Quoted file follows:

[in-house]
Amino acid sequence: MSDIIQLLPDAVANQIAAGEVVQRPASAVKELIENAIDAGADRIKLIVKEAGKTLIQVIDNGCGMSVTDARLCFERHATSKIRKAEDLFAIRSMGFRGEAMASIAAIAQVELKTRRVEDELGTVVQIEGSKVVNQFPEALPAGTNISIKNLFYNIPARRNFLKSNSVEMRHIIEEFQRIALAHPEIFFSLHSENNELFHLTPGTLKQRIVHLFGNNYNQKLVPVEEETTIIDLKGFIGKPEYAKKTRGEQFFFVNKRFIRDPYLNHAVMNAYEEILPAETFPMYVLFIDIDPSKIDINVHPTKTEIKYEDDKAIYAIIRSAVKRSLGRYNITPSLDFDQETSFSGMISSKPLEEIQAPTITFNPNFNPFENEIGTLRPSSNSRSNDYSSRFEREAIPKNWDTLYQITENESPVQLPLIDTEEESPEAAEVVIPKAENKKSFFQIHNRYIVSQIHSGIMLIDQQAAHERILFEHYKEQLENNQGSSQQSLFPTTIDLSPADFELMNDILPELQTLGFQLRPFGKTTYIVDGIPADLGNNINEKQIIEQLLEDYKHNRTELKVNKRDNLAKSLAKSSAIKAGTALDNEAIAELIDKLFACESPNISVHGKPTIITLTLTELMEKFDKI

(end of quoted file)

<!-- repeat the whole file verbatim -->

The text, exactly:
[in-house]
Amino acid sequence: MSDIIQLLPDAVANQIAAGEVVQRPASAVKELIENAIDAGADRIKLIVKEAGKTLIQVIDNGCGMSVTDARLCFERHATSKIRKAEDLFAIRSMGFRGEAMASIAAIAQVELKTRRVEDELGTVVQIEGSKVVNQFPEALPAGTNISIKNLFYNIPARRNFLKSNSVEMRHIIEEFQRIALAHPEIFFSLHSENNELFHLTPGTLKQRIVHLFGNNYNQKLVPVEEETTIIDLKGFIGKPEYAKKTRGEQFFFVNKRFIRDPYLNHAVMNAYEEILPAETFPMYVLFIDIDPSKIDINVHPTKTEIKYEDDKAIYAIIRSAVKRSLGRYNITPSLDFDQETSFSGMISSKPLEEIQAPTITFNPNFNPFENEIGTLRPSSNSRSNDYSSRFEREAIPKNWDTLYQITENESPVQLPLIDTEEESPEAAEVVIPKAENKKSFFQIHNRYIVSQIHSGIMLIDQQAAHERILFEHYKEQLENNQGSSQQSLFPTTIDLSPADFELMNDILPELQTLGFQLRPFGKTTYIVDGIPADLGNNINEKQIIEQLLEDYKHNRTELKVNKRDNLAKSLAKSSAIKAGTALDNEAIAELIDKLFACESPNISVHGKPTIITLTLTELMEKFDKI